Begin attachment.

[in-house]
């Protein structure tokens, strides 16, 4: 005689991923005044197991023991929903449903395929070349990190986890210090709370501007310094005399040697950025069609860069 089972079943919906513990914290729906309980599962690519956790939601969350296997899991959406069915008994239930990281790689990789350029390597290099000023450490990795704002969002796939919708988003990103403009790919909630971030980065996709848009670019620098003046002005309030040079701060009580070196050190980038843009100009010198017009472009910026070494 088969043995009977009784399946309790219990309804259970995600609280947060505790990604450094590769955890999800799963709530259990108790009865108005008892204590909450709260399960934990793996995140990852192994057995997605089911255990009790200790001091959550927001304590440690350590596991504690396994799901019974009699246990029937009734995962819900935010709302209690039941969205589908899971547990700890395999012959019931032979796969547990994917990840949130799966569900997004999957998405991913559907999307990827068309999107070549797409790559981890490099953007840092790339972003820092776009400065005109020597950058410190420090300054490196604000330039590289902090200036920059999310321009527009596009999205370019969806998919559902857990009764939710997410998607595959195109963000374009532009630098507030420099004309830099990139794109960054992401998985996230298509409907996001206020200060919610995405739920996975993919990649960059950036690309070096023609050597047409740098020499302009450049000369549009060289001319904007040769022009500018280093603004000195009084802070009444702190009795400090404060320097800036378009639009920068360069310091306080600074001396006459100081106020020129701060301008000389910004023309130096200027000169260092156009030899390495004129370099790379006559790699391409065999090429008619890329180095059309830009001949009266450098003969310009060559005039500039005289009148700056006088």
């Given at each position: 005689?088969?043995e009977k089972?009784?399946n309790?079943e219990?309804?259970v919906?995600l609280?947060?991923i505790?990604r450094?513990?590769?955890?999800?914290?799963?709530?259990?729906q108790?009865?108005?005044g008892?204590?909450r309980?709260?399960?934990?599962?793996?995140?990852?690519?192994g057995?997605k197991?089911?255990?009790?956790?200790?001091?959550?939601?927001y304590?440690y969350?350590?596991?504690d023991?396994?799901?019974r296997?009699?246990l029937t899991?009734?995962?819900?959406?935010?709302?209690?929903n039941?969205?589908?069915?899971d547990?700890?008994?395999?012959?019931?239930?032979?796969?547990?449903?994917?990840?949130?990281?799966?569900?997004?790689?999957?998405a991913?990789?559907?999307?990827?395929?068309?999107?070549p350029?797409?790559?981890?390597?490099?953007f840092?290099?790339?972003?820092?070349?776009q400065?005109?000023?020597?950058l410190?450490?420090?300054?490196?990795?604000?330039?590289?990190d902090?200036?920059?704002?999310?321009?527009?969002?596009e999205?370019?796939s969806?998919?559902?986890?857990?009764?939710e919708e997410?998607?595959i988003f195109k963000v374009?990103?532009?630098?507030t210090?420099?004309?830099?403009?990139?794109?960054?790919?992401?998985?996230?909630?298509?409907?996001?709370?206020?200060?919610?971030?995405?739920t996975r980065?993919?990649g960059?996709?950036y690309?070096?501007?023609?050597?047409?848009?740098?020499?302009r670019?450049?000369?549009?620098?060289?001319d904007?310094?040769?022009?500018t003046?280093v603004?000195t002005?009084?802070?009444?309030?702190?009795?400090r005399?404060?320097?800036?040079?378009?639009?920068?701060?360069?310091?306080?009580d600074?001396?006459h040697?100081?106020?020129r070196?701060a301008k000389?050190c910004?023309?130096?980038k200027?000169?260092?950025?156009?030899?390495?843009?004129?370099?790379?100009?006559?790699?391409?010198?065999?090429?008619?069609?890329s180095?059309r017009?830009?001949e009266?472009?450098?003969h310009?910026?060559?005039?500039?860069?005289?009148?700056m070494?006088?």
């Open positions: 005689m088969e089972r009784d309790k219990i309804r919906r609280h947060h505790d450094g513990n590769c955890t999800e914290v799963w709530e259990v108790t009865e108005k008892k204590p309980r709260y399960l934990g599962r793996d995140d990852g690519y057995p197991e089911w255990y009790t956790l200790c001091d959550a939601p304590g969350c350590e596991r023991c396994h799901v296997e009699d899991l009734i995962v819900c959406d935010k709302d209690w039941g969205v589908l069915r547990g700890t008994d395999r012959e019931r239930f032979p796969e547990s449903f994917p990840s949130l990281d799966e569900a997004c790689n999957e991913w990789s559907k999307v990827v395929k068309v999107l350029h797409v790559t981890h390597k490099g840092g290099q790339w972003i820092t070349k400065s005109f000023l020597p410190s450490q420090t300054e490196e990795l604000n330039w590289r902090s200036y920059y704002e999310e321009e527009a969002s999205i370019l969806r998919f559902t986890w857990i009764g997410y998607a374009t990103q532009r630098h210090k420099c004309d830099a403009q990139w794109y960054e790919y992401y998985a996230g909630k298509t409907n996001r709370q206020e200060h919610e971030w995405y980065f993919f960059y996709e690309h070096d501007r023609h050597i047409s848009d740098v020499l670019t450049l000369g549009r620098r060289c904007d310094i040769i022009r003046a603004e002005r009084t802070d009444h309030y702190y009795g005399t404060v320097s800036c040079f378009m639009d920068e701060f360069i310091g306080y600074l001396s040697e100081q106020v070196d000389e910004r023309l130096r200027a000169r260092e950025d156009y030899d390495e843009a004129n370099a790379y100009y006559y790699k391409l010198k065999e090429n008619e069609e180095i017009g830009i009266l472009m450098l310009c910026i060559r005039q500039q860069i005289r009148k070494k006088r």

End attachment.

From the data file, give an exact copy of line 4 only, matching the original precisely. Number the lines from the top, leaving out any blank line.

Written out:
């Open positions: 005689m088969e089972r009784d309790k219990i309804r919906r609280h947060h505790d450094g513990n590769c955890t999800e914290v799963w709530e259990v108790t009865e108005k008892k204590p309980r709260y399960l934990g599962r793996d995140d990852g690519y057995p197991e089911w255990y009790t956790l200790c001091d959550a939601p304590g969350c350590e596991r023991c396994h799901v296997e009699d899991l009734i995962v819900c959406d935010k709302d209690w039941g969205v589908l069915r547990g700890t008994d395999r012959e019931r239930f032979p796969e547990s449903f994917p990840s949130l990281d799966e569900a997004c790689n999957e991913w990789s559907k999307v990827v395929k068309v999107l350029h797409v790559t981890h390597k490099g840092g290099q790339w972003i820092t070349k400065s005109f000023l020597p410190s450490q420090t300054e490196e990795l604000n330039w590289r902090s200036y920059y704002e999310e321009e527009a969002s999205i370019l969806r998919f559902t986890w857990i009764g997410y998607a374009t990103q532009r630098h210090k420099c004309d830099a403009q990139w794109y960054e790919y992401y998985a996230g909630k298509t409907n996001r709370q206020e200060h919610e971030w995405y980065f993919f960059y996709e690309h070096d501007r023609h050597i047409s848009d740098v020499l670019t450049l000369g549009r620098r060289c904007d310094i040769i022009r003046a603004e002005r009084t802070d009444h309030y702190y009795g005399t404060v320097s800036c040079f378009m639009d920068e701060f360069i310091g306080y600074l001396s040697e100081q106020v070196d000389e910004r023309l130096r200027a000169r260092e950025d156009y030899d390495e843009a004129n370099a790379y100009y006559y790699k391409l010198k065999e090429n008619e069609e180095i017009g830009i009266l472009m450098l310009c910026i060559r005039q500039q860069i005289r009148k070494k006088r």